Nicholas Hilliard, a 16th Century son of Devon, England, made it big in art with his tiny miniature limner portraits of Elizabethan London.
Hilliard painted many of Queen Elizabeth I. The pair above were painted in 1575. The Pelican (left) and the Phoenix (right), 787 x 610mm. Both well-known symbols with deep roots into antiquity holding esoteric meaning to Rosicrucianism, Freemasonry and Romanism.
The above closeups show the brilliance of mastery that Hilliard exhibited with a brush and oil.
The miniature I want to focus on, features in chapter 7 in my Son of Spain novel. A novel about the adult life of Diego Velázquez; with all the twists and turns of politics and social ups and downs of King Phelipe’s 17th Century Spanish Court.
Poetic licence allowed me to use this miniature Man Clasping a hand from a Cloud Right), 1588, 603 x 381mm for political gain to the story plot. Let me share the exert from it. This chapter takes place in the Count-Duke Olivares office. The young Diego Velázquez (below left) has been summoned and is nervous. The formidable Count-Duke (below Right) interests him in art to relax him, before revealing the purpose of this meeting…
‘…“Come, come.” His hand waved, beckoning and gaining obedience.
Diego walked over to a glass cabinet full of books, seals, and ornaments not usually seen in Spain. The top shelf contained many small relics: bones, probably of apostles or men elevated to sainthood, pieces of wood proven genuine from Christ’s cross, and what looked like small vial of congealed blood, no doubt from some martyr.
Olivares’s well-manicured hand produced a short, narrow, cylindrical brass key with a scrollwork top. He placed it into the lock with ease. One half turn saw the door released and swung back, revealing the Venetian glass ornaments, antique Greek icons, and Olivares’s piéce de resistance, a large, eighteen-carat gold display locket. Placing the key back in his pocket with a tap to secure it, he removed the locket from the shelf, giving it to Diego.
“Go ahead. Take a look.” Exhilaration crossed his face.
His parentage perhaps, thought Diego.
“Open it. Open it,” Olivares urged.
Hesitantly, he pushed the tiny clasp on the side with his thumb. Diego, anticipating something of worth, delicately opened it. The inside of the opening face was empty. On the other side lay a framed oval painting approximately two and a half inches tall by two inches wide. Minutely hand painted with a squirrel-hair brush was an image of an unknown man of Gaelic decent. His skin was extremely pale made handsome with red, curly hair and a styled red beard and moustache. Diego thought him Scottish. He was dressed in costly black jacket worn by nobility and accented with grey woven thread. The white, intricate Walsh lace cuffs and collar sat flat over the jacket for a crisp, conservative look.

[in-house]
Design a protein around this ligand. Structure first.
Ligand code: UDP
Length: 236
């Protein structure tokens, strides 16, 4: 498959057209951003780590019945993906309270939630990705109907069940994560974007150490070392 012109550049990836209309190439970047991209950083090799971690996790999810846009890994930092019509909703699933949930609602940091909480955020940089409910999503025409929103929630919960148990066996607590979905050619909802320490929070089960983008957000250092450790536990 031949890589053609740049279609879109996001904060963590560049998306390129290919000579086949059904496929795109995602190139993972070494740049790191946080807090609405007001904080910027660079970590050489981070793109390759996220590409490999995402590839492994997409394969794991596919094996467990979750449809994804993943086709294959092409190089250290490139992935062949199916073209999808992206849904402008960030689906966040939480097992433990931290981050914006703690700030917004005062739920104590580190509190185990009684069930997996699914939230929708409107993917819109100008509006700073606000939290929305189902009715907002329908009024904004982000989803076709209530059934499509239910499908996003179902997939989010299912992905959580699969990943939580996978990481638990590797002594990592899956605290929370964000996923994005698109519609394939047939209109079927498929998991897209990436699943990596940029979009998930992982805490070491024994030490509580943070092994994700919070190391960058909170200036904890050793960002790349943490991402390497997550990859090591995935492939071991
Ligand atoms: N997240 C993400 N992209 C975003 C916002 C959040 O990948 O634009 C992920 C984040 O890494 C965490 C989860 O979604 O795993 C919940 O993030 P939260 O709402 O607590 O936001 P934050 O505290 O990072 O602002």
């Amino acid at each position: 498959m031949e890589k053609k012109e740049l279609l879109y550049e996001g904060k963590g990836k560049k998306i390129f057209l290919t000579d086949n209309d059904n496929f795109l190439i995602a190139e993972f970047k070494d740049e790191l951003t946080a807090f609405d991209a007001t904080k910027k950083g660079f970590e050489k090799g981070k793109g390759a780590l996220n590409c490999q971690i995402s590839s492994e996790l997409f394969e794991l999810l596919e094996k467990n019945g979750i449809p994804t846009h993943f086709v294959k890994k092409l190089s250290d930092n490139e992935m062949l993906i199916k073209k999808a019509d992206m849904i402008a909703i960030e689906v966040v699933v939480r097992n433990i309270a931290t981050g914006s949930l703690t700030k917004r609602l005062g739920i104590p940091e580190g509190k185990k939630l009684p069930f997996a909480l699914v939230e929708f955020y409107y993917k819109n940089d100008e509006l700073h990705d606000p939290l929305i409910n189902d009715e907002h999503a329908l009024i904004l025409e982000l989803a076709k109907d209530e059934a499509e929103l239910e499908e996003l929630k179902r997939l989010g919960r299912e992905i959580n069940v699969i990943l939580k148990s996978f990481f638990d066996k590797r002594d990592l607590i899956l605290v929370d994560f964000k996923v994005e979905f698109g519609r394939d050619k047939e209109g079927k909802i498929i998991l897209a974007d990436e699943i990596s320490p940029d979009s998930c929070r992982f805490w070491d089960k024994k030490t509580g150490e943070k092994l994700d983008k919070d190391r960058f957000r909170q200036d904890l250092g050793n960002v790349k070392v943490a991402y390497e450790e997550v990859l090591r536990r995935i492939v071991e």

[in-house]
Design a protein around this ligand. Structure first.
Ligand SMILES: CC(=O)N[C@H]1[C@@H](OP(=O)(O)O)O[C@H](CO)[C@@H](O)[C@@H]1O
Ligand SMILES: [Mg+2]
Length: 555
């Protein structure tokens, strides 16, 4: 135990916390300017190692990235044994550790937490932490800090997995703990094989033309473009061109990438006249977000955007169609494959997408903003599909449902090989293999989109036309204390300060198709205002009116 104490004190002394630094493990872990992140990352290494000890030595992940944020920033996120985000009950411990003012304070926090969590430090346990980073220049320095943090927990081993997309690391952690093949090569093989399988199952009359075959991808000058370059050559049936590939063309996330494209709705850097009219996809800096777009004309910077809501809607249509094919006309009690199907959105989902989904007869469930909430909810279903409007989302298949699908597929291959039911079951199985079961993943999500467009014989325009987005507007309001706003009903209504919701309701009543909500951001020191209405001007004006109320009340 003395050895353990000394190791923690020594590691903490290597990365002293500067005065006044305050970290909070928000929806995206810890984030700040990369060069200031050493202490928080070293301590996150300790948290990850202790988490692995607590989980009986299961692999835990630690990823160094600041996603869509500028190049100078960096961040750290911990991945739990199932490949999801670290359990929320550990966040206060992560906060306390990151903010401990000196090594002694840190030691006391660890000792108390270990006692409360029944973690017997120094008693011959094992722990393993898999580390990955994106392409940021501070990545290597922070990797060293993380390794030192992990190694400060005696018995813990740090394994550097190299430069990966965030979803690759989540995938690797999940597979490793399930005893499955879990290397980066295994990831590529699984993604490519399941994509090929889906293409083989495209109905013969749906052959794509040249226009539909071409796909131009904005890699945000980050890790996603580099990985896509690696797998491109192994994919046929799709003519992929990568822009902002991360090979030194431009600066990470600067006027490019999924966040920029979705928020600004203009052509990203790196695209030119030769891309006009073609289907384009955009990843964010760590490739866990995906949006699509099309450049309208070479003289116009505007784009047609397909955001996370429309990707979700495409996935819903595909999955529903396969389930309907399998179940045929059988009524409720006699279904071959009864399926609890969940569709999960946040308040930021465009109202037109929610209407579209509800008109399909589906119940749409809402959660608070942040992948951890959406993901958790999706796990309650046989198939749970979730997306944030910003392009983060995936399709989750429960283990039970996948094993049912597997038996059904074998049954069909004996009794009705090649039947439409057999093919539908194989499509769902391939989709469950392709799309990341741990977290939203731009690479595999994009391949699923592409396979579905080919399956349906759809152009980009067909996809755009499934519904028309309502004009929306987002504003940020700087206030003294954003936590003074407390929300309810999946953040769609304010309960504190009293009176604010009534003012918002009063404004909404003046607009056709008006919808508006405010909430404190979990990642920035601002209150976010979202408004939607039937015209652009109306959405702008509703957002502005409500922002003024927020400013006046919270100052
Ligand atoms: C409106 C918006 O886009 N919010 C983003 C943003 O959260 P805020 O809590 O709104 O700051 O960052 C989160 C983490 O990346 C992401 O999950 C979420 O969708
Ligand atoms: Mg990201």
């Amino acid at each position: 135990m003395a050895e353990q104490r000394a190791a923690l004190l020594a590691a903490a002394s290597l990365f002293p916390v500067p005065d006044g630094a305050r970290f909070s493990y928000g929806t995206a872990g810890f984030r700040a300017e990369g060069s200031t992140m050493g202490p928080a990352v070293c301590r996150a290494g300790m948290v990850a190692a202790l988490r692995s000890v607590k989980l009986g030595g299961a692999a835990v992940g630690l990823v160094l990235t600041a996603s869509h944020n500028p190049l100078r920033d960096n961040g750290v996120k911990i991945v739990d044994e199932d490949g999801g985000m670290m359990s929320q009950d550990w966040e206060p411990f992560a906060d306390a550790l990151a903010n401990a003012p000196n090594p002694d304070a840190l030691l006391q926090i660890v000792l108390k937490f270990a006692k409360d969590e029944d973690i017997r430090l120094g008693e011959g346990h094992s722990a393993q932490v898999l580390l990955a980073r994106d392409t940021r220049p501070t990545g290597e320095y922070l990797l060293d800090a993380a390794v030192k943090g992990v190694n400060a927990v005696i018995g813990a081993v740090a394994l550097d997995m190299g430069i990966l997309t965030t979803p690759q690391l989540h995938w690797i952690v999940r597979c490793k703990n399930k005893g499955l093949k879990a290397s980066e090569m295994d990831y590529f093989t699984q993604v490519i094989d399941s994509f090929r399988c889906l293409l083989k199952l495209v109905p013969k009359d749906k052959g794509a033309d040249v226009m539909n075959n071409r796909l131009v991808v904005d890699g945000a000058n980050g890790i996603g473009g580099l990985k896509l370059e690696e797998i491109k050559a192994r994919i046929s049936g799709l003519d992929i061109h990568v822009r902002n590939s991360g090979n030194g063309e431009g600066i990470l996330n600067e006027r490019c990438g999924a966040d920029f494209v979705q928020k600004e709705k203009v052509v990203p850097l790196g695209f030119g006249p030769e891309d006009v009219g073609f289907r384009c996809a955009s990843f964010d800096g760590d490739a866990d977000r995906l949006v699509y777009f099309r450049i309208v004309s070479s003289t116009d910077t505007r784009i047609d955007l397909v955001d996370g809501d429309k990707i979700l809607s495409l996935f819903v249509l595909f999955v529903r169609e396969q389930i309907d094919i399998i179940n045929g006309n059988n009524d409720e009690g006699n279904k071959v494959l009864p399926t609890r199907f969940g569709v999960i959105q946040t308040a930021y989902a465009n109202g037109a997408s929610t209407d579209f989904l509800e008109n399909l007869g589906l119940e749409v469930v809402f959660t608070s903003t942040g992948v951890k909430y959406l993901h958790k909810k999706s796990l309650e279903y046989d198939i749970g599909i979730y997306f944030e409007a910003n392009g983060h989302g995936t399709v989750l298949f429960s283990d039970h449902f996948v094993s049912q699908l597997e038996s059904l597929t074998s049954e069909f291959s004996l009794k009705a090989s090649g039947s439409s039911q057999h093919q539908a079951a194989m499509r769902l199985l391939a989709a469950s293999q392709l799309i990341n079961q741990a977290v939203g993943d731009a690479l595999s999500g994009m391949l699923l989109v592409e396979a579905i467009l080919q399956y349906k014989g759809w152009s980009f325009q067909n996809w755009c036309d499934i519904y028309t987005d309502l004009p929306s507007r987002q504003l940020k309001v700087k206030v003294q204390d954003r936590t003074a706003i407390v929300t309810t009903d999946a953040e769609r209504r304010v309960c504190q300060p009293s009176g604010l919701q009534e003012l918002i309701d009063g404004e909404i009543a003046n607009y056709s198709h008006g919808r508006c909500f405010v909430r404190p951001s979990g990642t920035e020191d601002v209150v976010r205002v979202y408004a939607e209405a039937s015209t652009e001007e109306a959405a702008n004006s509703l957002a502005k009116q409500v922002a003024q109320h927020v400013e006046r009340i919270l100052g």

He wore upon his head a tall, rounded fawn felt hat with discreet brim that started over his right eye, broadening as it jutted out, swinging around his cranium before reducing back in size, out of sight. The hat was sporting a speckled furlike band ornamented with a white plume encrusted with a precious stone, an amethyst Diego surmised.
He wondered to what significance the viewing alluded to and further wondered if there was something of note concerning the way the hazeleyed man’s right hand was raised level with his face, where it gently held a feminine hand that appeared to be descending from a bubblelike cloud.
Diego returned his gaze to Olivares. “Holbein? No. Later perhaps. Hilliard.”
“Ah ha,” Olivares voiced delight “Nicholas Hilliard, and you’ll note the date.”
To the left side of the gentleman’s head, Diego softly read the date. “Fifteen eighty-eight.”
“Fifteen eighty-eight, Señor Velázquez. This was sent to my uncle, Don Baltasar de Zúñiga, who lead groups of men sent to contact those loyal to Rome in traitorous countries. This one”—his finger tapped the edge of the locket, still in a quiet state of elation—“this one, Señor Velázquez, was sent from our then contact in London, England, in February that year, on the strength of this small portrait the first and biggest of endeavours was launched. Our wonderfully planned yet ill-fated armada left Tagus Estuary at Lisbon.”
“And the inscription to the left?” Diego enquired.
“‘Attici amoris ergo,’ Latin, read in conjunction with the joined hands, was a cryptic signal alerting Spain to strike. England was outnumbered on the water, and the ships they had ready were under gunned. England was ripe for invasion, and those who were of us in that land were standing at the ready. We would defeat that troublesome adversary, that bastard queen.” Olivares stopped and grimaced, losing his jubilance. His face became incensed. “That heretic Protestant!”
Diego held the locket with renewed zeal and awe on historical and artist grounds. He was inspired, never dreaming that he would ever see, let alone be holding, such a work, a past master painter and court artist who undoubtedly would not have known the reason for the commission nor the traitorously secretive message it carried. Olivares, with the little he had spoken, had unlocked the key to the secret held; the woman’s hand was none other than the hand of Spain, for she was one with the Mother Church. Symbolism was not lost on Diego, for he had used a woman to represent Spain in his epic painting The Expulsion of the Moriscos…’
Son of Spain can be purchased on AMAZON, and if you are looking for a good read over the Christmas break, this large novel might just be the one. Each chapter has a pencil sketch of Velázquez’s art at the beginning of each chapter.